Here he is describing Hero as a rose that has not opened yet, and he also refers to the Goddess of virginity Diana. The unopened bud and reference to the goddess are significant because they are referring to her innocence and lack of sexual awareness. Claudio refers to Hero in blank verse because he is putting her on a pedestal. This is a common thing for men to do in Elizabethan times because it is yet another stereotype that they had, a woman as a goddess. I think that Shakespeare uses this stereotype for Claudio and Hero because Claudio is thinking of Hero so highly that the audience will begin to expect a fall, because the higher you are the further and harder you fall. Not only does Claudio put her on a pedestal but he also gives the impression of Hero’s youth.

Claudio: She is the sweetest young lady that even I looked on

In the speech he uses the words ‘sweetest’ and ‘young’ to show Hero’s innocence, purity and youth. Claudio’s address of Hero differs from Benedick’s address of Beatrice because Benedick speaks in straight prose when he is talking about Beatrice.

Benedick: Were she not possessed with a fury, exceeds hero as much in beauty as the first of May doth the last of December

Here Benedick’s saying that Beatrice is very attractive, and a lot better looking than Hero, but she has a strong personality that precedes her. We also know that she is attractive because the Prince Don Pedro tried to propose marriage to her.

Benedick: Here comes Beatrice. By this day she’s a fair lady. I do spy some marks of love in he.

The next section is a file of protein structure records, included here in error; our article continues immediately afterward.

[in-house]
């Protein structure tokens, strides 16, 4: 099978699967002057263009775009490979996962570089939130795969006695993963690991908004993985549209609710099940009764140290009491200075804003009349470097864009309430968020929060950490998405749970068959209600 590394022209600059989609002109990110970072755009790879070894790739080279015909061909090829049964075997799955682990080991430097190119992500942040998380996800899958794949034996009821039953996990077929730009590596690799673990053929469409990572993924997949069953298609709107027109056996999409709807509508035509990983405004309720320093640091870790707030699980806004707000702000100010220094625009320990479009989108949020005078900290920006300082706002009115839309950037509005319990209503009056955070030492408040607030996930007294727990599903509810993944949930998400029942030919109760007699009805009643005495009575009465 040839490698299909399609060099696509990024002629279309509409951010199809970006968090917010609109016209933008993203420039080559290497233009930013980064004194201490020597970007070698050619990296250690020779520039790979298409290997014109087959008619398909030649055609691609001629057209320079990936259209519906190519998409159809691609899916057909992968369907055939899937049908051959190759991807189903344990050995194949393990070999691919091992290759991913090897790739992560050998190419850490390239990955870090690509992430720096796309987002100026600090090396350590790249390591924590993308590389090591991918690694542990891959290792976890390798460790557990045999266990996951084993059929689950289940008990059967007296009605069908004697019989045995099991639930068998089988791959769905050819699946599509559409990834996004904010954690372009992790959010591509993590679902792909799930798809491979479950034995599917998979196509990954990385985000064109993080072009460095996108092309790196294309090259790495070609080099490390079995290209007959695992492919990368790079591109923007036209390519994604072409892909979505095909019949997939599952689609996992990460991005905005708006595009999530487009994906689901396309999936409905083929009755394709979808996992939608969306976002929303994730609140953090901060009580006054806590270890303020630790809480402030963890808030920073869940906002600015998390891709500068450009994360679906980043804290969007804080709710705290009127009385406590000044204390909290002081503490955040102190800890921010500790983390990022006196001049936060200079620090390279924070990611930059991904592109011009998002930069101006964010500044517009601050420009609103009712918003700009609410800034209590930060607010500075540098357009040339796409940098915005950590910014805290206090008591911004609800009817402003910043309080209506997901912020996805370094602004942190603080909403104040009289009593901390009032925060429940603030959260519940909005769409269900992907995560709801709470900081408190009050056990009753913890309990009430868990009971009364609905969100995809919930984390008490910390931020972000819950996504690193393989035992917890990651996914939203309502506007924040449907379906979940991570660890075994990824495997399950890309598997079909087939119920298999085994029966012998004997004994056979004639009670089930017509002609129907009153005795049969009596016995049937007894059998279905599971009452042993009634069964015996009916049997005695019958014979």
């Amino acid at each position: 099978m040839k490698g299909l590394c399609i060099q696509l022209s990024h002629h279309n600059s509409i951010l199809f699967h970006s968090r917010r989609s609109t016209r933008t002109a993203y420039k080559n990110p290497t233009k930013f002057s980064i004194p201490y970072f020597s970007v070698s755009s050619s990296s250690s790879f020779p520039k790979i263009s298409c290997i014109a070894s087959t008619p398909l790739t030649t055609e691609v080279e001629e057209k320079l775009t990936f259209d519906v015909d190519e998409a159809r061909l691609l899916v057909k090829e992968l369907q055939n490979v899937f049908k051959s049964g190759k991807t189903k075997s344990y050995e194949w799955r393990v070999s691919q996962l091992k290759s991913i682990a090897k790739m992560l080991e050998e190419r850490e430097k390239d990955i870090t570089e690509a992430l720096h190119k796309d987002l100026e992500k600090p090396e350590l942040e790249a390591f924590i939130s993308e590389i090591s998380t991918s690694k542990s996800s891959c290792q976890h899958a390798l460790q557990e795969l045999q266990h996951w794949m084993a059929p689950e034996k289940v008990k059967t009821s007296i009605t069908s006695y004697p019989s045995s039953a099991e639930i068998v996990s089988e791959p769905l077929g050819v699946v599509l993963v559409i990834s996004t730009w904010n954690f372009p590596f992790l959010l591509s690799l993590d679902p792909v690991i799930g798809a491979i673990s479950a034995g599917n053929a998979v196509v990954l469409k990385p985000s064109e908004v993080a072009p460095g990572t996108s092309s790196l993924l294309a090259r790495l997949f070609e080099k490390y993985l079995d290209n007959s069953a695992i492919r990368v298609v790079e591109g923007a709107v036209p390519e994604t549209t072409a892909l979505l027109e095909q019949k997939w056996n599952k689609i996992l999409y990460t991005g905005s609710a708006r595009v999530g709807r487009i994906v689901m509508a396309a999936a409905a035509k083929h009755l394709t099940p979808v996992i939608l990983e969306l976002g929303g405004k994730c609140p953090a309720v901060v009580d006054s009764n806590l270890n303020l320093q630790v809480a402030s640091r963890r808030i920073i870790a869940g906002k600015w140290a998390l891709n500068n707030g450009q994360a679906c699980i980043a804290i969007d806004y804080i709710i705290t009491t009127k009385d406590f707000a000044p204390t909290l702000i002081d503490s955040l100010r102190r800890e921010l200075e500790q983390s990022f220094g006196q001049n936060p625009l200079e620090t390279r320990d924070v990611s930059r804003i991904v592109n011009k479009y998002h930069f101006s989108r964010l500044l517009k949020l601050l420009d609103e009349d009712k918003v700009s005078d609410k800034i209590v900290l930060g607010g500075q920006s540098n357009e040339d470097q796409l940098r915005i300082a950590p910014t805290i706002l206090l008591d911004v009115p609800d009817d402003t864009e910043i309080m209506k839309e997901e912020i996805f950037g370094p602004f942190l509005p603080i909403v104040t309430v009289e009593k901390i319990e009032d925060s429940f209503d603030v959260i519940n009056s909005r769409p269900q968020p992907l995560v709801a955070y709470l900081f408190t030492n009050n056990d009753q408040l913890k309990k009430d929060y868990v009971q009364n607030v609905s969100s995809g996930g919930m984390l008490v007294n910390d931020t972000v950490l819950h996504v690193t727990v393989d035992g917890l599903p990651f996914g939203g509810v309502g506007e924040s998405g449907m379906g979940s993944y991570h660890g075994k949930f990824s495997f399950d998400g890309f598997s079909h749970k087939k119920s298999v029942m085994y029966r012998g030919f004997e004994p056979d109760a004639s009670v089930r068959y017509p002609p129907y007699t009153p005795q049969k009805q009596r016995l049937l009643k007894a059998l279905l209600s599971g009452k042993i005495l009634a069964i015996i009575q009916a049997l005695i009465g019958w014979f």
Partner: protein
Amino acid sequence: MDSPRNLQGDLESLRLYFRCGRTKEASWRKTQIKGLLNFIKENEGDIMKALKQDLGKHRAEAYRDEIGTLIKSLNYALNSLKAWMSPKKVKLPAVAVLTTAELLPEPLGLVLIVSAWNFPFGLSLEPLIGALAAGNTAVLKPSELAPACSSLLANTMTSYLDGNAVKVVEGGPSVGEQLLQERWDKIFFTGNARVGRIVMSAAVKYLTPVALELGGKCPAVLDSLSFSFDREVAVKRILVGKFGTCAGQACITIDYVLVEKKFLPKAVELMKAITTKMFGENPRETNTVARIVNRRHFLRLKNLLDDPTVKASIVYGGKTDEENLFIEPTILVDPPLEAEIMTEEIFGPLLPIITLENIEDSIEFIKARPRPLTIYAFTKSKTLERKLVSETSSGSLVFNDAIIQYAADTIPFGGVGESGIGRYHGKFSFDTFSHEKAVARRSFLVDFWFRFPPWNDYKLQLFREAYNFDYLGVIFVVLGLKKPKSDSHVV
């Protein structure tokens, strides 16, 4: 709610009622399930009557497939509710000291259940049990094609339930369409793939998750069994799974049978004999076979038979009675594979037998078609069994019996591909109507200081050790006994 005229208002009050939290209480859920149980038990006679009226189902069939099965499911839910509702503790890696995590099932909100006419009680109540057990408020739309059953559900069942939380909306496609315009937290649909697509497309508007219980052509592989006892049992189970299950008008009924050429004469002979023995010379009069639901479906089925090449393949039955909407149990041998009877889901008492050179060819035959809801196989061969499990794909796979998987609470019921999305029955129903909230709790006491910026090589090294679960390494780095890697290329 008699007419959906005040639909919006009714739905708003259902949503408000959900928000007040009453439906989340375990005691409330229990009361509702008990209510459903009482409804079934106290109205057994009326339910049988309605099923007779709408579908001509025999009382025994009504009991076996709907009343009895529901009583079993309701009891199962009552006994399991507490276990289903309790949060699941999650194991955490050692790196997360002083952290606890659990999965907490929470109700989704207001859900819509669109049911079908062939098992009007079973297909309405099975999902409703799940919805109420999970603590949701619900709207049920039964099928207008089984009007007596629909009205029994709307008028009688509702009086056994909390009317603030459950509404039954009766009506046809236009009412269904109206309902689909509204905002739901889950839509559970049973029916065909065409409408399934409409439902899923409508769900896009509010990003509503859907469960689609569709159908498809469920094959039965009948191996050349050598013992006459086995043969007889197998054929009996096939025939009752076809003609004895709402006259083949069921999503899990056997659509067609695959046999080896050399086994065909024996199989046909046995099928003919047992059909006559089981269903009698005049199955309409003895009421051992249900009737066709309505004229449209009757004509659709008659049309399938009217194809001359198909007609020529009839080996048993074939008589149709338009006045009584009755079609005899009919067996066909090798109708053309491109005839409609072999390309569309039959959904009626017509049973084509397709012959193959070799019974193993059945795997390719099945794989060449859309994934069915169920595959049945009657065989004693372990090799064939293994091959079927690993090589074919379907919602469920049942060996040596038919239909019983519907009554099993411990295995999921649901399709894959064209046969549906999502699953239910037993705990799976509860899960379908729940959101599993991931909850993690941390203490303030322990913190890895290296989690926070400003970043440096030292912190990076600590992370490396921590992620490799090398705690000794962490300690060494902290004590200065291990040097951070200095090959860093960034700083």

Again Benedick is saying how attractive Beatrice is. Benedick also uses the word ‘Lady’ which makes you think Beatrice is older than Hero because Hero was referred to as a ‘young lady’.

The two couple courtships also show how because of their character difference, the two men approach their relationships differently.

Hero represents the model Elizabethan woman, because of this; the traditional method of courtship is employed. Don Pedro woo’s Hero by proxy for Claudio, there is then the settlement of the dowry and a formal betrothal before the wedding. This courtship ritual was traditional among the aristocratic Elizabethan society.

When it comes to Beatrice and Benedick’ who finally accept that they have feelings for each other after the princes has plotted to gat them together.

Benedick: They say the lady is fair- tis a truth…for I will be horribly in love with her


Beatrice: And, Benedick, love on, I will requite thee taming my wild heart to thy loving hand.

When they address each other for the first time after accepting their love. Benedick chows concern for Beatrice, this side of him she sees attracts her even more, during the love scene there are no flowery elaborate speeches, it all comes straight from the heart. Benedick and Beatrice’s romance together is very fitting for their characters because they are both intelligent, which is what attracted them to each other, and there relationship will be on an equal level because of this. Hero’s relationship however will be dominated and controlled by Claudio.